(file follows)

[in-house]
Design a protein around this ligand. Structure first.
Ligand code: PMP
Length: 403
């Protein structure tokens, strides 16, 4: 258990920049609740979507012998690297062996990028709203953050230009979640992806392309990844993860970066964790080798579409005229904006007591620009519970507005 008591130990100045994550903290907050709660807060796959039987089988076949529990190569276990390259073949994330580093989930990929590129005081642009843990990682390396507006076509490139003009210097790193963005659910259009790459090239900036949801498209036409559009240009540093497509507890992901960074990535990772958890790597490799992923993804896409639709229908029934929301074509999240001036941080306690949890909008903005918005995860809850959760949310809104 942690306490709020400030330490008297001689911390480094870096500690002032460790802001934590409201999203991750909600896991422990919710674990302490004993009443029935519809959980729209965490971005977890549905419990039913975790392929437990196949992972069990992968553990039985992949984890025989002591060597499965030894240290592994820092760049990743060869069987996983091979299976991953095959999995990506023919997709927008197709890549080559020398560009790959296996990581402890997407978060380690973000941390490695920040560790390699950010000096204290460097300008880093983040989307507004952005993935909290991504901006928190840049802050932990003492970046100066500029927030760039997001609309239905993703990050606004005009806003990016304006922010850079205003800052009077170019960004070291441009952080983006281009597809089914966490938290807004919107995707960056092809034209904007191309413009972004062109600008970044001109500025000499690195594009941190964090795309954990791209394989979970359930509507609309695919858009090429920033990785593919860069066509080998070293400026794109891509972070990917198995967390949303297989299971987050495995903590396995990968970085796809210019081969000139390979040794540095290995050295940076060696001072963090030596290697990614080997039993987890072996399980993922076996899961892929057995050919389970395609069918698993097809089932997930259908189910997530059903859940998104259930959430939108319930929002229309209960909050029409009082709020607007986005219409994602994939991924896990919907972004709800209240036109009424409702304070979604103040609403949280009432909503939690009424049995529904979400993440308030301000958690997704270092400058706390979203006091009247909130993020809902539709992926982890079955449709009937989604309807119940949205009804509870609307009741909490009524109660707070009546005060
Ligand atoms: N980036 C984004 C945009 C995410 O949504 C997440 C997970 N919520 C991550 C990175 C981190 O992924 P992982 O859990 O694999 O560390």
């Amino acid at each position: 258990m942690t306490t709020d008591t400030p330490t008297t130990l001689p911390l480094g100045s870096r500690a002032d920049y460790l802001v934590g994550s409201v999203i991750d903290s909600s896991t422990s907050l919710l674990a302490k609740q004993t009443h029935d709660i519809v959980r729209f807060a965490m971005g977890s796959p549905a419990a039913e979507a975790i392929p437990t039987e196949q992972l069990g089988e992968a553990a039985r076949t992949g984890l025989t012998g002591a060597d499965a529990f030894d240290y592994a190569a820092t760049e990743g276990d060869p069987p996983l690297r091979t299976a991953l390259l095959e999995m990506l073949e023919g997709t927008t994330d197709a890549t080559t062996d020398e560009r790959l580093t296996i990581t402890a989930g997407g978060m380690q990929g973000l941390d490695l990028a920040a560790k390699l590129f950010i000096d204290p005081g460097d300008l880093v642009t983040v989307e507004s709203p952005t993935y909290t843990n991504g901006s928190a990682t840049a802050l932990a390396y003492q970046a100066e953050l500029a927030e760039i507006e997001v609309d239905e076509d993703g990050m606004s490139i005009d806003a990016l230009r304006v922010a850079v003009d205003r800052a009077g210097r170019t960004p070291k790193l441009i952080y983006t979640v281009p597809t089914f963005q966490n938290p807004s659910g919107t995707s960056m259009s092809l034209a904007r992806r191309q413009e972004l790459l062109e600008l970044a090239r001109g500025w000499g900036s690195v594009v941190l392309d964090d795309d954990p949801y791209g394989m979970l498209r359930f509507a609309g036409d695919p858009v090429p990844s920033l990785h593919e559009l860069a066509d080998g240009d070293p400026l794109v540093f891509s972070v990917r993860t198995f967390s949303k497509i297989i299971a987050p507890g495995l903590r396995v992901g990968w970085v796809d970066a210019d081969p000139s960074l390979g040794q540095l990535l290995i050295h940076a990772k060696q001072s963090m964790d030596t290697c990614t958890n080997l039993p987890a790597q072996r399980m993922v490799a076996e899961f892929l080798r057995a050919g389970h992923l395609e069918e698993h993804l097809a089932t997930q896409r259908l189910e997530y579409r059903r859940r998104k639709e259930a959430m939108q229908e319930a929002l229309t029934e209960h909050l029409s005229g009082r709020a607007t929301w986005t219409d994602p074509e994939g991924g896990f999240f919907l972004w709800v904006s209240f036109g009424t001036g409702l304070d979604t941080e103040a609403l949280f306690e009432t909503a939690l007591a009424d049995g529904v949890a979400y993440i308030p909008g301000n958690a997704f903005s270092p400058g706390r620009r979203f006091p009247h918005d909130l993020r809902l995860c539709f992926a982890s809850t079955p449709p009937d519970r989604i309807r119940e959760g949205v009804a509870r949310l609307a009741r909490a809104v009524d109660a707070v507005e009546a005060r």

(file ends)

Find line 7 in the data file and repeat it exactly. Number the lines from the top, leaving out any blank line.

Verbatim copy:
């Amino acid at each position: 258990m942690t306490t709020d008591t400030p330490t008297t130990l001689p911390l480094g100045s870096r500690a002032d920049y460790l802001v934590g994550s409201v999203i991750d903290s909600s896991t422990s907050l919710l674990a302490k609740q004993t009443h029935d709660i519809v959980r729209f807060a965490m971005g977890s796959p549905a419990a039913e979507a975790i392929p437990t039987e196949q992972l069990g089988e992968a553990a039985r076949t992949g984890l025989t012998g002591a060597d499965a529990f030894d240290y592994a190569a820092t760049e990743g276990d060869p069987p996983l690297r091979t299976a991953l390259l095959e999995m990506l073949e023919g997709t927008t994330d197709a890549t080559t062996d020398e560009r790959l580093t296996i990581t402890a989930g997407g978060m380690q990929g973000l941390d490695l990028a920040a560790k390699l590129f950010i000096d204290p005081g460097d300008l880093v642009t983040v989307e507004s709203p952005t993935y909290t843990n991504g901006s928190a990682t840049a802050l932990a390396y003492q970046a100066e953050l500029a927030e760039i507006e997001v609309d239905e076509d993703g990050m606004s490139i005009d806003a990016l230009r304006v922010a850079v003009d205003r800052a009077g210097r170019t960004p070291k790193l441009i952080y983006t979640v281009p597809t089914f963005q966490n938290p807004s659910g919107t995707s960056m259009s092809l034209a904007r992806r191309q413009e972004l790459l062109e600008l970044a090239r001109g500025w000499g900036s690195v594009v941190l392309d964090d795309d954990p949801y791209g394989m979970l498209r359930f509507a609309g036409d695919p858009v090429p990844s920033l990785h593919e559009l860069a066509d080998g240009d070293p400026l794109v540093f891509s972070v990917r993860t198995f967390s949303k497509i297989i299971a987050p507890g495995l903590r396995v992901g990968w970085v796809d970066a210019d081969p000139s960074l390979g040794q540095l990535l290995i050295h940076a990772k060696q001072s963090m964790d030596t290697c990614t958890n080997l039993p987890a790597q072996r399980m993922v490799a076996e899961f892929l080798r057995a050919g389970h992923l395609e069918e698993h993804l097809a089932t997930q896409r259908l189910e997530y579409r059903r859940r998104k639709e259930a959430m939108q229908e319930a929002l229309t029934e209960h909050l029409s005229g009082r709020a607007t929301w986005t219409d994602p074509e994939g991924g896990f999240f919907l972004w709800v904006s209240f036109g009424t001036g409702l304070d979604t941080e103040a609403l949280f306690e009432t909503a939690l007591a009424d049995g529904v949890a979400y993440i308030p909008g301000n958690a997704f903005s270092p400058g706390r620009r979203f006091p009247h918005d909130l993020r809902l995860c539709f992926a982890s809850t079955p449709p009937d519970r989604i309807r119940e959760g949205v009804a509870r949310l609307a009741r909490a809104v009524d109660a707070v507005e009546a005060r």